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This article is written by a student writer from the Her Campus at C of C chapter.

We let so much of our mental energy become engulfed by the past and the future. Instead of enjoying a shower after a long day, we conspire about what we could have said back to that one person. Instead of appreciating the presence of friends, we are consumed with what assignments need to be done. 

It’s easy to get swept away by the precarious nature of the future. If you’re like me, you become completely infatuated with setting yourself up on the proper trajectory for the life you desire. It’s easy, in the same way, to be attached to the past. Would you even be human if you didn’t question every decision you’ve ever made? Why did I say that…do that…wear that? These remnants of the past and promises for the future can cloud our enjoyment of the present.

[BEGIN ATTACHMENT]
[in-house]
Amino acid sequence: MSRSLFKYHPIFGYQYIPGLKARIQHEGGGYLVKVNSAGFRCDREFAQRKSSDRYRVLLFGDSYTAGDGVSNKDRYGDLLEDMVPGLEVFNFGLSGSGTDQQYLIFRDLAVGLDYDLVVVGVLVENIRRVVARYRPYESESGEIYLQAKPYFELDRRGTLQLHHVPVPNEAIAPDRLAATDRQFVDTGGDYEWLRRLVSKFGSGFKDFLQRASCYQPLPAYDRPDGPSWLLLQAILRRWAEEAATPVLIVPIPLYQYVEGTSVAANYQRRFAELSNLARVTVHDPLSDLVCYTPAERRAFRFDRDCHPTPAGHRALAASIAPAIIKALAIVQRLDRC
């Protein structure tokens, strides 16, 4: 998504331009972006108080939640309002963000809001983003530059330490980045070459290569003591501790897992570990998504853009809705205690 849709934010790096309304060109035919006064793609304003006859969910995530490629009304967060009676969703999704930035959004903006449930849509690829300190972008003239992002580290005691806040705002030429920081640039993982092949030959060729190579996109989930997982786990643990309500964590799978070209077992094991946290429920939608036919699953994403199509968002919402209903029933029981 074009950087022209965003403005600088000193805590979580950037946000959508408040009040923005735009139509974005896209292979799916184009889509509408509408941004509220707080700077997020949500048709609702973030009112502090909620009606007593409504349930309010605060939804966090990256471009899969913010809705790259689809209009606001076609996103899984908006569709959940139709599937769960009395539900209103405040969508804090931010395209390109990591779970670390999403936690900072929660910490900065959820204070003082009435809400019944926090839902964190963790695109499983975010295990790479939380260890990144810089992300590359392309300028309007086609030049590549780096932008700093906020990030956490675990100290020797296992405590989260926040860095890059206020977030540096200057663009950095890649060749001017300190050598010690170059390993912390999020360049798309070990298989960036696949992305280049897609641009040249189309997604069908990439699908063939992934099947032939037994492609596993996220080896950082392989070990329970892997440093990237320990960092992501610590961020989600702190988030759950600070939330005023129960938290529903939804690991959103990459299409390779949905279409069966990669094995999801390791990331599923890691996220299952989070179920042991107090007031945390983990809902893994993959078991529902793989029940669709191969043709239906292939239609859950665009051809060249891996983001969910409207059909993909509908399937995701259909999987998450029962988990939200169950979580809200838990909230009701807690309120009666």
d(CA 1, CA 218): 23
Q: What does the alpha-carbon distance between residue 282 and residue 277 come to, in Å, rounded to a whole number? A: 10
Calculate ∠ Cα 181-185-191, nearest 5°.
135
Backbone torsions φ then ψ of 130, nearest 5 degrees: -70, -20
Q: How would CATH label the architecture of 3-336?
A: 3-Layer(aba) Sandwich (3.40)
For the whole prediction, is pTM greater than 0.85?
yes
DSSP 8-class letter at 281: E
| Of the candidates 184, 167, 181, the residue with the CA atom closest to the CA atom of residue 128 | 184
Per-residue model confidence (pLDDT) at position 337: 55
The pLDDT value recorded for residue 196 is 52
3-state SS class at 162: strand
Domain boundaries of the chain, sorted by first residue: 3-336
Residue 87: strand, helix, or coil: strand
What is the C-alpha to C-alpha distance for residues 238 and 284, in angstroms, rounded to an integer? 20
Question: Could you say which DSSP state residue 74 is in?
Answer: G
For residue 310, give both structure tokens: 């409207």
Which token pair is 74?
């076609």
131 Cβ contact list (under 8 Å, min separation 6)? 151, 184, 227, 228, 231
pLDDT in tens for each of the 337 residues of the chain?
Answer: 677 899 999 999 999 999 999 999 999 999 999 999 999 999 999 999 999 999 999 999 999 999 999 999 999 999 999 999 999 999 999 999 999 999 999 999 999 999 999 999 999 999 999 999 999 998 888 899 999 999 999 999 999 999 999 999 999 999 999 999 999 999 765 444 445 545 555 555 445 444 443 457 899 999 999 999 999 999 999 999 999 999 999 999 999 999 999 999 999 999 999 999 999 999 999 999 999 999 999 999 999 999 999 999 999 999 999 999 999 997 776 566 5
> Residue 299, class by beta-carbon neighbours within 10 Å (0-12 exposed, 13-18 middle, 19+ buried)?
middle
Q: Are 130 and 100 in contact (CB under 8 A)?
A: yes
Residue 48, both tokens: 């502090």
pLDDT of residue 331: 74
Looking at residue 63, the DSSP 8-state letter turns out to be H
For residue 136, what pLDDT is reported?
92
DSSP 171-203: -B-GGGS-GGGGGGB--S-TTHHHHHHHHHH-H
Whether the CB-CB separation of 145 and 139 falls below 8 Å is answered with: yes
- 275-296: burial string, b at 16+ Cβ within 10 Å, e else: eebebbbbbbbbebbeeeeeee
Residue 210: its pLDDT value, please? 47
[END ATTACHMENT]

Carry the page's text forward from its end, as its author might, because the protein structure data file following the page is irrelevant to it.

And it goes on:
In January of this year I began meditating daily, and to be perfectly honest, it started out as a joke. While this is pretty embarrassing to admit, I bought one of those self-help books off of Urban Outfitters in a period of bad judgment, and I started reading during my meditations because I had trouble maintaining my focus. To my surprise, the book would completely reconstruct my image of the world. As someone who struggles with depression and anxiety, the question I’m constantly asking myself is, when will I be happy? When will it be “my turn?” However, happiness can only be achieved by fully living in the present, not lending your attention to the past or future. Like anything, this is a lot easier to say than it is to do. I have to challenge myself every day to live in the moment, and I challenge you to do the same. 

Hi, I'm Piper, a second year student at the College of Charleston. I love hiking the Palmetto Trail with my dogs, enjoying Chucktown's good eats, and discovering new music.